You’ve just been selected as a juror in the case of State of Kansas vs. William Petty. Each day for the next week or so you will hear from various witnesses who will tell you their version of what happened on 25 March 1914 – the murder of Preston SEELY. We’ll start today with a brief background of Preston SEELY, a quick sentence about William PETTY, and a short historical synopsis to put you in the right frame of mind. Unlike a real court case, you’re going to hear from Preston and Willie- and you’re allowed to take notes if you wish. I won’t even sequester you while you “listen” to the testimony. Keep open minds. At the end of this blog series you’ll get to submit your verdict of guilty, not guilty, partially guilty, or hung jury. All rise. Court is now in session, the Honorable Judge Lisa presiding.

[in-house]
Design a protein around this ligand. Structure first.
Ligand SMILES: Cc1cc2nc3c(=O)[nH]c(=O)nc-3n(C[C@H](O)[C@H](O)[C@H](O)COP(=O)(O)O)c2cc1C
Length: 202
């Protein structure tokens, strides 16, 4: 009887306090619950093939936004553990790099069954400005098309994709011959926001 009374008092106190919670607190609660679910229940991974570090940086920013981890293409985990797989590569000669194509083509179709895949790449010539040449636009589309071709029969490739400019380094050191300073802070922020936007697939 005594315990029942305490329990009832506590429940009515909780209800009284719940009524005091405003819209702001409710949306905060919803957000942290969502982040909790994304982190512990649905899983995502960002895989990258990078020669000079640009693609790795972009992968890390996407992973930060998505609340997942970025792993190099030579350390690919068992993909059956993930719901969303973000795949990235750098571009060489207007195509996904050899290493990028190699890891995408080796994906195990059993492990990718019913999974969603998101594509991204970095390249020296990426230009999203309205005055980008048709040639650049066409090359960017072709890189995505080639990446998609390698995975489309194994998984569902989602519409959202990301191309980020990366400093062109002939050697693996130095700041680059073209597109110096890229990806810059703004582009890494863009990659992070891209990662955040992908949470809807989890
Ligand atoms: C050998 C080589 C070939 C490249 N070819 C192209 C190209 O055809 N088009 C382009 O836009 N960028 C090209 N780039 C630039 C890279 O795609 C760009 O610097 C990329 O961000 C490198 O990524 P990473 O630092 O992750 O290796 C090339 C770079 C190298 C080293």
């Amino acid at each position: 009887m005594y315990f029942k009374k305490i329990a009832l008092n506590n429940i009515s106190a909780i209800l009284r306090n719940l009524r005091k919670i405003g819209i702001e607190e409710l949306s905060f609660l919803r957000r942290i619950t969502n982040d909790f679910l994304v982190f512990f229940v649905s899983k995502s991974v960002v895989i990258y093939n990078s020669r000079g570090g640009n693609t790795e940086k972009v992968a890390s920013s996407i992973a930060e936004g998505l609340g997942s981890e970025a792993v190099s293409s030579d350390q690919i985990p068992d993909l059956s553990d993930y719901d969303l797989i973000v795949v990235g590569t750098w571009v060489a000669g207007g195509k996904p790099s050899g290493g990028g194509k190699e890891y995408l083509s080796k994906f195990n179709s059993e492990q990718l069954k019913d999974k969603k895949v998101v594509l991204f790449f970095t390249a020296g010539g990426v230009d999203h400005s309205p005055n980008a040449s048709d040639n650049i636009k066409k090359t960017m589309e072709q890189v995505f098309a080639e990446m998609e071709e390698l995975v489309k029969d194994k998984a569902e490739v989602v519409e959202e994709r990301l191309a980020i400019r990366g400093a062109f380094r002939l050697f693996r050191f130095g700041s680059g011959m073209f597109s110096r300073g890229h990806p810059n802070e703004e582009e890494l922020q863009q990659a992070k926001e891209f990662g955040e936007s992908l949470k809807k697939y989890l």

Preston SEELY
Preston SEELY was born on 16 March 1891 in Benton County, Arkansas to John F. and Sarah (SPIVEY) SEELY. I would have to say he lived a quiet life because I really can’t find much information about him other than his death. The reporters of 1914 would have you believe otherwise. They described him using words and phrases like “ne’er-do-well”, “jealous”, “been in trouble”, “looking for trouble”. They described him as violent, a drunk, and a partier. But was he?